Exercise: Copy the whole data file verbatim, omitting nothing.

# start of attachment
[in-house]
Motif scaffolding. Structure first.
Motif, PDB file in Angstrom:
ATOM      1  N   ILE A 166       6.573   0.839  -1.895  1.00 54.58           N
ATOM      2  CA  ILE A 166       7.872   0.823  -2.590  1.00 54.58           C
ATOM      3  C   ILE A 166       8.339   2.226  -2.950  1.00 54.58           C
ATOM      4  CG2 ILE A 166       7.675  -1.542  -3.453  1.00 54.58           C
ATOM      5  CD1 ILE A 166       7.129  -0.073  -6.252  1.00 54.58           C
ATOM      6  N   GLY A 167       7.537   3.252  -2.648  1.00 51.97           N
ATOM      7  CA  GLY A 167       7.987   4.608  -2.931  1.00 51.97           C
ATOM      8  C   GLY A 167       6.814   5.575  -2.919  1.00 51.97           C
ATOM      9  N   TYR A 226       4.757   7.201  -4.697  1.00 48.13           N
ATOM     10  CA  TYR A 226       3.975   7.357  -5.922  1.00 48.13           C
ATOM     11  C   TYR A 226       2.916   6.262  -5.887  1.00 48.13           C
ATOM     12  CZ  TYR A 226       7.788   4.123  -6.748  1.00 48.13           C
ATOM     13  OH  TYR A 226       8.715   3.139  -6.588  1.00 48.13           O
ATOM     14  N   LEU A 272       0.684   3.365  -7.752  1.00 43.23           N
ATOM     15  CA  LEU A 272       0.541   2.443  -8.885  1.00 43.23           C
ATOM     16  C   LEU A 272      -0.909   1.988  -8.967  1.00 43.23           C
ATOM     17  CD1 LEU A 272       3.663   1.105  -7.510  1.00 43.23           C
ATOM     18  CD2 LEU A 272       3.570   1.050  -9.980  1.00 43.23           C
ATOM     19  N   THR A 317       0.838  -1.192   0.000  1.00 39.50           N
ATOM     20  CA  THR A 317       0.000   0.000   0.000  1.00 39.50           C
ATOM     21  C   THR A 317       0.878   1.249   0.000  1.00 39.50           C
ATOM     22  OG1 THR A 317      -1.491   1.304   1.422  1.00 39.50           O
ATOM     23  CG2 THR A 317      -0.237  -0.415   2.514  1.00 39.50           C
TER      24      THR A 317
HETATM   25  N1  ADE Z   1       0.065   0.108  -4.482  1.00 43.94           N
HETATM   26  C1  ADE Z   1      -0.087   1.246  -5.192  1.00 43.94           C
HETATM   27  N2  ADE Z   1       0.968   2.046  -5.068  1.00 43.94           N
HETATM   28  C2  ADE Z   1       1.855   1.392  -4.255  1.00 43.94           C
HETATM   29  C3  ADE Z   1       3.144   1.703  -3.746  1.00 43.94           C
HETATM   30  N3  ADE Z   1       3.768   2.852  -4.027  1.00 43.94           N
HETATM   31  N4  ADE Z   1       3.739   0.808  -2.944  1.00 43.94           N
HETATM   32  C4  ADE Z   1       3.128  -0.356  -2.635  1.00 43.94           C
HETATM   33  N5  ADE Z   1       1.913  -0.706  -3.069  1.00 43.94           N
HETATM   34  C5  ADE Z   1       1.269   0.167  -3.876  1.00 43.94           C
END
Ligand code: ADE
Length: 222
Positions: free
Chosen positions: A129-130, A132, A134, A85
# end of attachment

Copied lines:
[in-house]
Motif scaffolding. Structure first.
Motif, PDB file in Angstrom:
ATOM      1  N   ILE A 166       6.573   0.839  -1.895  1.00 54.58           N
ATOM      2  CA  ILE A 166       7.872   0.823  -2.590  1.00 54.58           C
ATOM      3  C   ILE A 166       8.339   2.226  -2.950  1.00 54.58           C
ATOM      4  CG2 ILE A 166       7.675  -1.542  -3.453  1.00 54.58           C
ATOM      5  CD1 ILE A 166       7.129  -0.073  -6.252  1.00 54.58           C
ATOM      6  N   GLY A 167       7.537   3.252  -2.648  1.00 51.97           N
ATOM      7  CA  GLY A 167       7.987   4.608  -2.931  1.00 51.97           C
ATOM      8  C   GLY A 167       6.814   5.575  -2.919  1.00 51.97           C
ATOM      9  N   TYR A 226       4.757   7.201  -4.697  1.00 48.13           N
ATOM     10  CA  TYR A 226       3.975   7.357  -5.922  1.00 48.13           C
ATOM     11  C   TYR A 226       2.916   6.262  -5.887  1.00 48.13           C
ATOM     12  CZ  TYR A 226       7.788   4.123  -6.748  1.00 48.13           C
ATOM     13  OH  TYR A 226       8.715   3.139  -6.588  1.00 48.13           O
ATOM     14  N   LEU A 272       0.684   3.365  -7.752  1.00 43.23           N
ATOM     15  CA  LEU A 272       0.541   2.443  -8.885  1.00 43.23           C
ATOM     16  C   LEU A 272      -0.909   1.988  -8.967  1.00 43.23           C
ATOM     17  CD1 LEU A 272       3.663   1.105  -7.510  1.00 43.23           C
ATOM     18  CD2 LEU A 272       3.570   1.050  -9.980  1.00 43.23           C
ATOM     19  N   THR A 317       0.838  -1.192   0.000  1.00 39.50           N
ATOM     20  CA  THR A 317       0.000   0.000   0.000  1.00 39.50           C
ATOM     21  C   THR A 317       0.878   1.249   0.000  1.00 39.50           C
ATOM     22  OG1 THR A 317      -1.491   1.304   1.422  1.00 39.50           O
ATOM     23  CG2 THR A 317      -0.237  -0.415   2.514  1.00 39.50           C
TER      24      THR A 317
HETATM   25  N1  ADE Z   1       0.065   0.108  -4.482  1.00 43.94           N
HETATM   26  C1  ADE Z   1      -0.087   1.246  -5.192  1.00 43.94           C
HETATM   27  N2  ADE Z   1       0.968   2.046  -5.068  1.00 43.94           N
HETATM   28  C2  ADE Z   1       1.855   1.392  -4.255  1.00 43.94           C
HETATM   29  C3  ADE Z   1       3.144   1.703  -3.746  1.00 43.94           C
HETATM   30  N3  ADE Z   1       3.768   2.852  -4.027  1.00 43.94           N
HETATM   31  N4  ADE Z   1       3.739   0.808  -2.944  1.00 43.94           N
HETATM   32  C4  ADE Z   1       3.128  -0.356  -2.635  1.00 43.94           C
HETATM   33  N5  ADE Z   1       1.913  -0.706  -3.069  1.00 43.94           N
HETATM   34  C5  ADE Z   1       1.269   0.167  -3.876  1.00 43.94           C
END
Ligand code: ADE
Length: 222
Positions: free
Chosen positions: A129-130, A132, A134, A85